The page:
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PA-076
CAN HIV TREATMENTS INFORM OTHER CONTEXTS? A TRIAL OF AN ADDITIONAL INDICATION FOR CO-TRIMOXAZOLE PROPHYLAXIS
  1. Moses Ngari,
  2. Johnstone Thitiri,
  3. Laura Mwalekwa,
  4. Greg Fegan,
  5. James Berkley
  1. KEMRI-Wellcome Trust, Kenya

Abstract

Background Co-trimoxazole prophylaxis is part of HIV management of opportunistic infections. However, it is not known if co-trimoxazole prophylaxis can prevent opportunistic infections among other vulnerable population such as people with complicated severe acute malnutrition (SAM). It is unclear if and how nutritional recovery may reduce susceptibility to infectious diseases like pneumonia with co-trimoxazole prophylaxis. We share secondary analysis results of multicentre, double-blinded, randomised clinical trial (ClinicalTrials. gov, number NCT00934492) of daily co-trimoxazole prophylaxis among HIV non-infected children with SAM in Kenya.

Methods We recruited 1781 hospitalised SAM children and randomised to either daily co-trimoxazole prophylaxis or matching placebo for six months and followed up for 12 months. Our outcome of interest was risk of subsequent pneumonia after index admission discharge, defined using the WHO guidelines. To determine changing susceptibility after discharge, cox regression model with monthly weight-for-height and height-for-age z-scores as time-varying covariates were used to identify risk factors of developing pneumonia.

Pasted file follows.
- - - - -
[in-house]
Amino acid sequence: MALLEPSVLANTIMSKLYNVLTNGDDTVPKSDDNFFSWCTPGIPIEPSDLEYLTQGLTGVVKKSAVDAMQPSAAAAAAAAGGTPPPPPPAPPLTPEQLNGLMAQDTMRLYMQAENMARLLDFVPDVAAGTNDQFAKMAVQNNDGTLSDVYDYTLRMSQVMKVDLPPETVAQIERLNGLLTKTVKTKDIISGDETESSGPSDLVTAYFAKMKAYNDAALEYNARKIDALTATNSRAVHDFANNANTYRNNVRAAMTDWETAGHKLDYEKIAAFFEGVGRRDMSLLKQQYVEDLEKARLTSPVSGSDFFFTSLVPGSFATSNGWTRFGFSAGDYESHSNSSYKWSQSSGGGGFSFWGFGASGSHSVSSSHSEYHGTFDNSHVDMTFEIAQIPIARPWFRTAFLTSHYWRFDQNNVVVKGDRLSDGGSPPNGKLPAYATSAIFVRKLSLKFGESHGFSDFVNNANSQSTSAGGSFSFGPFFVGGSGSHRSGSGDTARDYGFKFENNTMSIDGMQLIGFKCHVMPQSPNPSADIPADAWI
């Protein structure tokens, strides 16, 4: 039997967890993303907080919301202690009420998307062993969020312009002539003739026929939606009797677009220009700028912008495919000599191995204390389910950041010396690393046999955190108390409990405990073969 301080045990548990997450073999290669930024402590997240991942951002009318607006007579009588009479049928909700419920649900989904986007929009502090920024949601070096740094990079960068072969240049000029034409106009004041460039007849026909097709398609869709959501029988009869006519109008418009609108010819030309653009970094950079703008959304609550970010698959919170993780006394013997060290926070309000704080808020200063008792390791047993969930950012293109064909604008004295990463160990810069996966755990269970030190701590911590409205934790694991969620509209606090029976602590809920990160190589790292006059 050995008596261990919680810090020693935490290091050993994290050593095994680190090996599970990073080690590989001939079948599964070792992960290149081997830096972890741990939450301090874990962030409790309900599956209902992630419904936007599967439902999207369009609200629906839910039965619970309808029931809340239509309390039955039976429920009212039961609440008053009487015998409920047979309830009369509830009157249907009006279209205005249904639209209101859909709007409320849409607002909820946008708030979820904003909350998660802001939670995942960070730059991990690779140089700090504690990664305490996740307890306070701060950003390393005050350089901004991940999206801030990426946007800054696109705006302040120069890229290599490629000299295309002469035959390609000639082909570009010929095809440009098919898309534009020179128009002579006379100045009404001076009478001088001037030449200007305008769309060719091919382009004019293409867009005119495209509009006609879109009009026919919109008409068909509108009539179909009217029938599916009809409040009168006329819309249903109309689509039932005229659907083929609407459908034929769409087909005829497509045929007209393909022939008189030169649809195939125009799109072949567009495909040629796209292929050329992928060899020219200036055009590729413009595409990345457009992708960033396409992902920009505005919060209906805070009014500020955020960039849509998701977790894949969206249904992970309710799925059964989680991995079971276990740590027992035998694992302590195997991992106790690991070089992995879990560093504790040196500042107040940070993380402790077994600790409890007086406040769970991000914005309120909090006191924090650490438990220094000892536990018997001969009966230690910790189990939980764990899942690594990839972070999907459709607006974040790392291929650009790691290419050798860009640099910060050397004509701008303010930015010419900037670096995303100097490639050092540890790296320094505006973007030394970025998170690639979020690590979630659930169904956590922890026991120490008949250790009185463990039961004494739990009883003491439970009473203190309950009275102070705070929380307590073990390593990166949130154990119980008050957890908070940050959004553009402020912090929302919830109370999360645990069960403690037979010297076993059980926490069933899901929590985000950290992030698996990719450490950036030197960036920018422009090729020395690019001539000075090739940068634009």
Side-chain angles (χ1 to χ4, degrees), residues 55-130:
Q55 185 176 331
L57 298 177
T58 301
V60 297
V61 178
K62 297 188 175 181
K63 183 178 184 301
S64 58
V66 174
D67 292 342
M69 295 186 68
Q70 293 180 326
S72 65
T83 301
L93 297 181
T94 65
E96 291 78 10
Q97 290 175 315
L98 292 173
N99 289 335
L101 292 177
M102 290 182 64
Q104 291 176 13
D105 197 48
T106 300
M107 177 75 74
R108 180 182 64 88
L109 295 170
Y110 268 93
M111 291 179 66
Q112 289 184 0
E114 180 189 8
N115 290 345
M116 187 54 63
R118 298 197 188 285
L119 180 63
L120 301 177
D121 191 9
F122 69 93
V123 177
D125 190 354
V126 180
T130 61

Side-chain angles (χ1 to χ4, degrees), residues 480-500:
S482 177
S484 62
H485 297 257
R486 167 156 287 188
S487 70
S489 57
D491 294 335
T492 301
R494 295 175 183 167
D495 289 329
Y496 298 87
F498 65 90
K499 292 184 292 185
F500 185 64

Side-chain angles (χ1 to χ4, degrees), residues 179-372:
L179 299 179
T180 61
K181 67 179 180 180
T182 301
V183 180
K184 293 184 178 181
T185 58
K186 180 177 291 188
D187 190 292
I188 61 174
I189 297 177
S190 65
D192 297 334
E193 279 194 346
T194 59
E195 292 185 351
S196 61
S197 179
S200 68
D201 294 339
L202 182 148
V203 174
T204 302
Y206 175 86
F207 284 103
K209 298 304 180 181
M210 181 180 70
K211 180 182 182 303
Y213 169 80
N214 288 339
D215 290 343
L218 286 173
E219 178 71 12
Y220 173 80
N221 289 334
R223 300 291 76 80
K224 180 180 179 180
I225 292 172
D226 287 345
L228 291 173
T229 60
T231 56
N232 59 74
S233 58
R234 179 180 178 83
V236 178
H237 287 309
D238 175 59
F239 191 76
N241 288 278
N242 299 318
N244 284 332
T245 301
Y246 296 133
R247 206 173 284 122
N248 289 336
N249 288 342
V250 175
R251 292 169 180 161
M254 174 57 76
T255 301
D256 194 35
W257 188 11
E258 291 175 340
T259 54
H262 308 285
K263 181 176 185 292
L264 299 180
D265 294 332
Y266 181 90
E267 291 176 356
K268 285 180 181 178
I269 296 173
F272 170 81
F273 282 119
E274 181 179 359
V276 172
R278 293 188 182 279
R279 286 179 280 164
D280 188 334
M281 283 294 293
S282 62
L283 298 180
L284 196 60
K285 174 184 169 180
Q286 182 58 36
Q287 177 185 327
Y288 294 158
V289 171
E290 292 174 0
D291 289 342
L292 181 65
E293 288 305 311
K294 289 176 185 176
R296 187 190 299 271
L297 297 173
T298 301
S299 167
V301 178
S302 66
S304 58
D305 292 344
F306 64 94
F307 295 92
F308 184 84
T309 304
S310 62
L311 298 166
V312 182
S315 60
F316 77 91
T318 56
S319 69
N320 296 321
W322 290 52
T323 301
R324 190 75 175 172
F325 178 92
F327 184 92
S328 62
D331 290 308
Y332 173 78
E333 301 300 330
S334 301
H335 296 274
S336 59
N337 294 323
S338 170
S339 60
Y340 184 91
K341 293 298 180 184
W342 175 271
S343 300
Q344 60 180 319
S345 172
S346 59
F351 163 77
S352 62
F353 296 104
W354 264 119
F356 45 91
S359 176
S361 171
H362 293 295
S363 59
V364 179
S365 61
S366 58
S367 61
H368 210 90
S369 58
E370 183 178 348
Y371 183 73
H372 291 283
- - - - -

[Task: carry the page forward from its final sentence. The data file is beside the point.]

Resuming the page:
Results Overall, 257 children died, 122 (14%) among the co-trimoxazole group and 135 (15%) of placebo group; Hazard ratio (HR) 0.90 (95% CI: 0.71−1.16, p=0.43). There were 1257 episodes of pneumonia, 603 (21%) among co-trimoxazole group and 654 (22%) among placebo; HR 0.93 (95% CI:0.79−1.08, p=0.34) during 1556.6 child-years of observation (cyo). The monthly incidence rate for pneumonia and severe pneumonia declined over time (p=0.002 & p=0.001). Young age, urban residence, index admission with clinical signs of rickets and severe pneumonia, were associated with subsequent pneumonia. Index admission with diarrhoea and monthly weight-for-length z-score had protective effect. Protective effect of improving monthly anthropometric measures were evident from month two onwards. Proportion of pneumonia progressing to severe form declined with time (p=0.01) but there was no evidence case fatality ratios changed over time (p=0.41).

Conclusions Improving nutritional status during recovery correlates directly with reduced susceptibility, but not with case fatality of pneumonia.

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